This Week in History


Canada's First Election

This story was initially published in 2003

On August 7, 1867, voting began in the Dominion of Canada’s first election since Confederation on July 1, 1867. Though this first election shared the same purpose as those held in modern times, it has little in common with today’s election procedures.

A watercolour illustrating supporters of two candidates on the hustings
A watercolour illustrating supporters of two candidates on the hustings
© F.H. Consett / William Morris Fonds, Queen's University Archives

Canada’s four original provinces—Ontario, Quebec, New Brunswick, and Nova Scotia—participated in the election. Most people still thought a uniform national campaign was impractical, and so slogans and platforms varied from province to province. The election lasted six weeks, with polls to be open only two days in each electoral district. All provinces but Nova Scotia allowed different districts to hold elections on different days. This rule was a safety net for politicians, because it meant they could run again after losing.

For the citizen, going to vote could be risky, since threats were common. These threats were effective since voters had to stand on a platform called the hustings and announce their vote, rather than casting an anonymous ballot. Being ridiculed, pelted with eggs, or involved in a fistfight was common during elections of this period.

Sir John A. Macdonald
Sir John A. Macdonald
© Pittaway & Jarvis / Library and Archives Canada / C-000686

Regulations regarding who was allowed to vote also varied from province to province. However, there were three basic conditions: a voter had to be male, at least 21 years of age, and a British subject. Many districts also had property requirements. It would be several decades before all citizens of Canada had the right to vote.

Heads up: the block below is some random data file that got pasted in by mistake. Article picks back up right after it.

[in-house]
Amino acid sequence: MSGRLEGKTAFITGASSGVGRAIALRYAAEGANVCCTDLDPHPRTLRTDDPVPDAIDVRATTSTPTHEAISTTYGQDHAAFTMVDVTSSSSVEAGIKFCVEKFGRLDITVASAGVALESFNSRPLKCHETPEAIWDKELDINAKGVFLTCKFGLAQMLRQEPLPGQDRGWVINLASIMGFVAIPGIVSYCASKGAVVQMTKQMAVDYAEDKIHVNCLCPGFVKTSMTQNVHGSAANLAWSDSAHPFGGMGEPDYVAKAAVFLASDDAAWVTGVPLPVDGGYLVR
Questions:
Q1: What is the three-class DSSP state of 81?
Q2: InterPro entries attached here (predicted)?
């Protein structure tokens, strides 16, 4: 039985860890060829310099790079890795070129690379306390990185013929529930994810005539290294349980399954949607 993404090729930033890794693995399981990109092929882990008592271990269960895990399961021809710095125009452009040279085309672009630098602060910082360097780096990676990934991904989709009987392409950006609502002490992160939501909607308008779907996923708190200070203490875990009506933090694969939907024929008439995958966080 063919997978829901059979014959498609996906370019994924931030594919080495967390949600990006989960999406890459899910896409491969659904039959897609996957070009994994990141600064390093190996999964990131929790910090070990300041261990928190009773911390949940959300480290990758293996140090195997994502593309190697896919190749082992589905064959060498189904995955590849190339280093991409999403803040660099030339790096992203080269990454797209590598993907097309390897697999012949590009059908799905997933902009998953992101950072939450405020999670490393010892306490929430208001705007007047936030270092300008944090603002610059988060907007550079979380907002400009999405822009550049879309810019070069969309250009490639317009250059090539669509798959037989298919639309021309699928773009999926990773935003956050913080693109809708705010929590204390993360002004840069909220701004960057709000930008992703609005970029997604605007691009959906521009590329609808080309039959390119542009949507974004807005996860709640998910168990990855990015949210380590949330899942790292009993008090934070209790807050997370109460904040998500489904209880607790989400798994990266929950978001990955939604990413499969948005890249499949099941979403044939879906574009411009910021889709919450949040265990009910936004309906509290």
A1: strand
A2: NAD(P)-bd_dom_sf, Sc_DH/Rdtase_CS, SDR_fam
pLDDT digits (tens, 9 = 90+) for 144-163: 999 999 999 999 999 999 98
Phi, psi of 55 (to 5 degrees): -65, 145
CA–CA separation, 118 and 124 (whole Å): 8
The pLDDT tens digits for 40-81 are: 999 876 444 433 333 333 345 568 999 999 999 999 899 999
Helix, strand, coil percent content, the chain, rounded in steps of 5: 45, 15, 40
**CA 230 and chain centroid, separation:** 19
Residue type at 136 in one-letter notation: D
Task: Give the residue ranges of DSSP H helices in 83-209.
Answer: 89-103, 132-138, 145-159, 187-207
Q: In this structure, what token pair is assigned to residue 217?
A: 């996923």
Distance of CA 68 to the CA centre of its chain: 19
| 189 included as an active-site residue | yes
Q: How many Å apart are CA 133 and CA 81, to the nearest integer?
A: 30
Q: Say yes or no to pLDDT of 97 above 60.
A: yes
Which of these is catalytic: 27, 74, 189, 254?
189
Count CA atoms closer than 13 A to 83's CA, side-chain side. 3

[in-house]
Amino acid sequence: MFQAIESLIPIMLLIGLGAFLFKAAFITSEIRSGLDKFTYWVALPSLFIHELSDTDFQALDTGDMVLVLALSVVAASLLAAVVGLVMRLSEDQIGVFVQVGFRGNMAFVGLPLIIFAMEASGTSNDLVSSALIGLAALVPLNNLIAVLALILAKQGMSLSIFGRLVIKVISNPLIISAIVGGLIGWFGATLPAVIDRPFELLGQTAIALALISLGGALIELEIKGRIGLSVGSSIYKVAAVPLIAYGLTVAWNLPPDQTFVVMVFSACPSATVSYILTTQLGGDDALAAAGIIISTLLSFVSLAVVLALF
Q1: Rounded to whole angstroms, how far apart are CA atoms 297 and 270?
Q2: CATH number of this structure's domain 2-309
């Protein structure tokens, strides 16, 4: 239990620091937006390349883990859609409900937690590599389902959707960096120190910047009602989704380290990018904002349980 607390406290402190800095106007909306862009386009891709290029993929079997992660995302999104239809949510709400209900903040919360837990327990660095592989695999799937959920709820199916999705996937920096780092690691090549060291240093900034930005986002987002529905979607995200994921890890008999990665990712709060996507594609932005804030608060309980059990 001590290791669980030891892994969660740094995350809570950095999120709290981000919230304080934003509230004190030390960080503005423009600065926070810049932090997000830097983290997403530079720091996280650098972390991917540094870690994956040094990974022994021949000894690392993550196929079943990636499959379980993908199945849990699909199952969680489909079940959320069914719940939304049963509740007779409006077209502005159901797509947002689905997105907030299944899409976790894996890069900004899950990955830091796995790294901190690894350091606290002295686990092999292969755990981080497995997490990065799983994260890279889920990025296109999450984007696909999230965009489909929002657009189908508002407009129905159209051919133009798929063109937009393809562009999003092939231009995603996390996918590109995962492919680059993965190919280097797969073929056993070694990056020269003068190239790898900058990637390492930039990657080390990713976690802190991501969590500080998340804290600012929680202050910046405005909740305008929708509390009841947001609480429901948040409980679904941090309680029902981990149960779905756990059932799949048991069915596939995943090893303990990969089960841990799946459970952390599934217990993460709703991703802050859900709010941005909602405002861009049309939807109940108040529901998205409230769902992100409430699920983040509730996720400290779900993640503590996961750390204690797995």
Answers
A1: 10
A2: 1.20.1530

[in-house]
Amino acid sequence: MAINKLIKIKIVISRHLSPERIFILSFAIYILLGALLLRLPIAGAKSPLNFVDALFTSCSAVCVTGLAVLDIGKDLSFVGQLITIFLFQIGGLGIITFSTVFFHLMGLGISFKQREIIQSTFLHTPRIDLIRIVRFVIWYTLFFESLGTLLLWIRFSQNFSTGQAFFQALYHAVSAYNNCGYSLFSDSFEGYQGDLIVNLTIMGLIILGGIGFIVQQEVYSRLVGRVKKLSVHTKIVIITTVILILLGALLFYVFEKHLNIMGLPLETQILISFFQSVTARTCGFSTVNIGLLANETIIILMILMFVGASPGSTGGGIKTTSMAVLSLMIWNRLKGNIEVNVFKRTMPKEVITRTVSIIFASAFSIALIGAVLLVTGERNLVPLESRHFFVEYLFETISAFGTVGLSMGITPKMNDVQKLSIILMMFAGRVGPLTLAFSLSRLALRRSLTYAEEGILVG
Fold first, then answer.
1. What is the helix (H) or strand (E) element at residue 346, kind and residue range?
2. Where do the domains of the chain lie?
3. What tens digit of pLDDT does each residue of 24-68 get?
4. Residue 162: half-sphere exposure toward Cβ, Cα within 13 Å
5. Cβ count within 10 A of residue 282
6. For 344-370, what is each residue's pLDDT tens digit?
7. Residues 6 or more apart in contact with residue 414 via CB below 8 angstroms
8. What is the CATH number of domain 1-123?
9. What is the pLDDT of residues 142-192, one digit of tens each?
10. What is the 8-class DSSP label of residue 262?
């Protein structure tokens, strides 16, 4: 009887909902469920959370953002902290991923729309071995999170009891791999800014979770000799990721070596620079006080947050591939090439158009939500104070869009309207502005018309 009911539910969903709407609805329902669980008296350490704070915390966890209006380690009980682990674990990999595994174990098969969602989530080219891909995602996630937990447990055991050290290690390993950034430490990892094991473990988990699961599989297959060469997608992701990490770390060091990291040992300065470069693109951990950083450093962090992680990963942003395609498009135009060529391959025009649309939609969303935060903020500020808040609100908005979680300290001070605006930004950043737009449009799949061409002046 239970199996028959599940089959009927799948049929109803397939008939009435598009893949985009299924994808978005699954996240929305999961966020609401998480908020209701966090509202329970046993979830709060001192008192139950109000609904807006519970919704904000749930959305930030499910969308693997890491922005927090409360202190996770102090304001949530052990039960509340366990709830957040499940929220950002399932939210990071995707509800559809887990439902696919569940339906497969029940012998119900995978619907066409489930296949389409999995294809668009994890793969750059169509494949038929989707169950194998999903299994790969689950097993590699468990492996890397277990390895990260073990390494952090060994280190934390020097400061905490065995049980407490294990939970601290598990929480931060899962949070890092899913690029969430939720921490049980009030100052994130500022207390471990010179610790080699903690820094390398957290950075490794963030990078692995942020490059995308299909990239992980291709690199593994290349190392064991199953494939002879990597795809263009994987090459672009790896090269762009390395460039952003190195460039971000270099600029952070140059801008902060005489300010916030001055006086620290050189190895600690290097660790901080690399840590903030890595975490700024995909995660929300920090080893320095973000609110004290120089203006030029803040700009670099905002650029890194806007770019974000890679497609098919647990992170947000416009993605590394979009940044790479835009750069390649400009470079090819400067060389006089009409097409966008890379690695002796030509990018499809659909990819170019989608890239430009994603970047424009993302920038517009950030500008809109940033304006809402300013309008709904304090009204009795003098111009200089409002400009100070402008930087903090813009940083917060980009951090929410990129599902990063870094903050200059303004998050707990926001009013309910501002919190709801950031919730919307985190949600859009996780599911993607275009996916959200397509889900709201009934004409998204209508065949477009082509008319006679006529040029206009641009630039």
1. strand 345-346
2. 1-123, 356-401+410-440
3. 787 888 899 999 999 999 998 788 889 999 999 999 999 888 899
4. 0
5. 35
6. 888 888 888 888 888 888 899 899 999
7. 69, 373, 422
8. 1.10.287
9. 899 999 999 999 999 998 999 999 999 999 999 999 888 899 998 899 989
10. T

The most important issue in the campaign of 1867 was Confederation. Pro-Confederation candidates, like Sir John A. Macdonald and George-Étienne Cartier, faced strong opposition from politicians like Joseph Howe and Antoine-Aimé Dorion. The Confederation question added to the already intense political atmosphere of the time, which concerned itself with a variety of local issues. As leader of the Liberal-Conservative coalition, Sir John A. Macdonald needed to win the election, in order to remain Prime Minister and to continue leading the Confederation movement to fully unite the provinces into one country.

When all the votes were counted, the Liberal-Conservative coalition won the election. Sir John A. Macdonald was able to keep his job as Canada’s first Prime Minister. Canadian voters elected 181 members to the country’s first House of Commons, compared to 338 members in the House today.

Sir John A. Macdonald and George-Étienne Cartier are designated national historic persons. To learn more, read Sir John A. Macdonald’s 200th Birthday and Until we meet again in This Week in History’s archives.

Follow us on Twitter @ParksCanada, and be sure to visit the Historic Sites and Monuments Board of Canada webpage. Explore Canada 150!

Date Modified: